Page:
As I set up my calendar for the month, I select a quote I’ve found that speaks to me. I write it in my planner and leave space below it to capture phrases I hear or read that speak to me and relate to the quote. I found this practice centers me throughout the month, and helps me be more present in my conversations, meetings, and readings. For January 2024 my quote was: “Tension is who you think you should be. Relaxation is who you are.”
I love the start of something new. The fresh energy at the starting point. The contentment of getting organized and prepared. The hope for what is to come. Anticipation and trepidation swirled together in a delightful cocktail. This January, I got a different perspective. I saw the beauty of the end of something done amazingly well. This January, my father passed away after a decade of Alzheimer’s. Appreciation and loss raged in an emotional Tsunami. Throughout the month here are the quotes, lyrics, and phrases that that caught my attention:
- We have magic to make
- Sometimes just getting up and carrying on is a brave and meaningful act
- Be exactly where you are and be grateful
- My grief is tremendous but my love is bigger
- Beloved is where we begin
- He can hear your heart
- Never wait to explore joy and open our arms to love
- A perfectly imperfect bundle of curiosity, mayhem, and unintended bliss
- Nourish and comfort
- Misery might love company, but so does joy – and joy throws much better parties
- Release the suck
- It’s time for new
- We’re all just walking each other home
- Be at ease
January’s quote, picked unknowingly in December of what lay ahead, fit more than I could have predicted. As I abruptly stepped away from the tensions of work, community service, and the “shoulda’s,” and became emersed in the end of life of one of the two most influential people in my life. I relaxed into me. My focus no longer split or tied up in comparisons, but simplified into what was needed now, with him, for mom. My stress soared and prayers got longer; however, there was an undercurrent of ease. I faced the target in front of me without concern for image, “best practices,” or tradition. I let others step in to address the fray around me. The rest fell away.
Being fully myself in the moment let me experience it all, the fear and frantic to the tender and tears, and the magic and memories in between. And yes, the joy. The joy of sitting for hours holding his hand. The joy of his apology for being “a little shit” as I cleaned and dressed him. The joy of his rally and return of the sparkle in his eyes, interaction, and laughter. The joy of finding him pajamas with squirrels on them to keep him cozy. The joy of him looking at me directly in the eye after a squabble and declaring with resolution, “damn, you are just like me” – I beamed with pride and chuckled. The joy of the caregiver learning curve I had with mom and big laughs that resulted. The joy of seeing an expert, compassionate hospice team swoop in to care for him and support my mother gracefully. The joy of mom, dad, brother, and me all together in a quite prayer-filled moment the night before he died.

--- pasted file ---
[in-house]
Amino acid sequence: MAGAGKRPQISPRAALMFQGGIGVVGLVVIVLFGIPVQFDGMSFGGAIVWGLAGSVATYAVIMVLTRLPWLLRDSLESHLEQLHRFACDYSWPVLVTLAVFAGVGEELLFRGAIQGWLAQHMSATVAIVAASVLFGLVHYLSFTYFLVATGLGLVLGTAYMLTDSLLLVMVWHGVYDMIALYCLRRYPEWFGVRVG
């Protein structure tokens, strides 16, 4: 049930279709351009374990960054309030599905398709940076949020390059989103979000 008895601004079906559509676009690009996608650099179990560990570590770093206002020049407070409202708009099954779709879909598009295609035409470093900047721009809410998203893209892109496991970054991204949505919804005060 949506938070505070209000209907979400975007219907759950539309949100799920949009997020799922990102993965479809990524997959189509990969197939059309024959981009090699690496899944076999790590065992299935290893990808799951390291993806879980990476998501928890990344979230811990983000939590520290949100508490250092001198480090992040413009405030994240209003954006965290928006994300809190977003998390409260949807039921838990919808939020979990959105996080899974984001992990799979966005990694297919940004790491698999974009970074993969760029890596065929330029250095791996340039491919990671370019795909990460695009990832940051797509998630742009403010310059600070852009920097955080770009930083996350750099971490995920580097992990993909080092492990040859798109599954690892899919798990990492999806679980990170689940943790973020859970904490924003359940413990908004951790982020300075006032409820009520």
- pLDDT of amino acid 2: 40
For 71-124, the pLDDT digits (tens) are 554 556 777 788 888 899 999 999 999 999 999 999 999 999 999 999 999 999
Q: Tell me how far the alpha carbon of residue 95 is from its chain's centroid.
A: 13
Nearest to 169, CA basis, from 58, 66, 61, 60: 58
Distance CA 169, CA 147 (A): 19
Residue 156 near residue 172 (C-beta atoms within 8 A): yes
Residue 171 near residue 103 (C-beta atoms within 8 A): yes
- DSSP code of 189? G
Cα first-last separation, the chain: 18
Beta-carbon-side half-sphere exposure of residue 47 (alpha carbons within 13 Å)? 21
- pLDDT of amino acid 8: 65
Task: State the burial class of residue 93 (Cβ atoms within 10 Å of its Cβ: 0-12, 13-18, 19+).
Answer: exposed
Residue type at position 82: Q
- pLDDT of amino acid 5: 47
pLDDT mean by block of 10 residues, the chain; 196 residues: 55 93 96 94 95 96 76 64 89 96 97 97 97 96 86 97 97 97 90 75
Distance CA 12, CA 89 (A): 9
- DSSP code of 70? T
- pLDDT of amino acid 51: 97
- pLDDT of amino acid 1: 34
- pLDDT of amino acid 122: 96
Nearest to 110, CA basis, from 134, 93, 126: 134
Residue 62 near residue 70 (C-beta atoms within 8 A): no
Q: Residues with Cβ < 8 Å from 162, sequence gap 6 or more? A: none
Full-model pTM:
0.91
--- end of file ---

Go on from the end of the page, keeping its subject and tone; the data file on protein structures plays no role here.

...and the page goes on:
There is tension (maybe the better word is stress, worry, or overwhelm) that remains, but it centers on what to do next, not how to be. For that I will continue to look to my dad for guidance as explained in my eulogy at his funeral:
Over the past year staying at my parent’s house, I constantly replied to mom, “well, you know I am half you and half dad.” For which I’m grateful.
So now I will cry my emotions like mom and hopefully share the words like dad.
I will not tell you about who he was because you all knew. You knew from his words. You knew from his deeds. You knew from his faith-lived life.
Instead, I will share with you my last conversation with him. I awoke at 7am and listened to the baby monitor set up in his room. His breath clear and rhythmic. I did this often. Matching my breath to his to connect when words were not an option. Breathing together, in sync. Dad and Daddy’s Girl.
This time I noticed his cadence was different, quicker. I went to his room and listened more closely. I gave him his medication, and as the sun rose and warmed the sky, I leaned over and whispered in his ear, “be at ease.”
I went back to bed to get a little more rest. Twenty minutes later I woke up suddenly, listened to the monitor. Silence. He was gone. At peace.
So, in his honor, I give you this charge and meditation: Be at ease.
May you be at ease in the life God created for you.
May you be at ease in your career and volunteering – sharing your gifts with your community.
May you be at ease in the relationships that surround you… or be at ease to leave them and find those where you can.
May you be at ease with those who are different… welcoming unique, confronting tradition, celebrating diversity.
May you be at ease with those in crisis… holding their hand, sitting in silence, handing them a hankie.
May you be at ease in a faith that can be hard to follow.
May you be at ease in mourning, knowing that the pain and tears come from love.
May you be at ease to use your voice to protect and advocate for those in fear, in loss, in turmoil, in sickness, in isolation, in discrimination, in loneliness, and in conflict.
May you be at ease to let your light shine… smile with ease, laugh with ease, hug with ease, compliment with ease, encourage with ease.
May you be at ease at the end of a good day with a bowl of ice cream.
May you be at ease to pray, sit, pray, listen, pray, and pray some more.
May you be at ease to savor the beauty of nature and the birds’ song.
May you be at ease knowing that our loved ones are all called home to be with God.
May you be at ease here today in a community of love.
May you be at ease.
May you be at ease.
May you be at ease.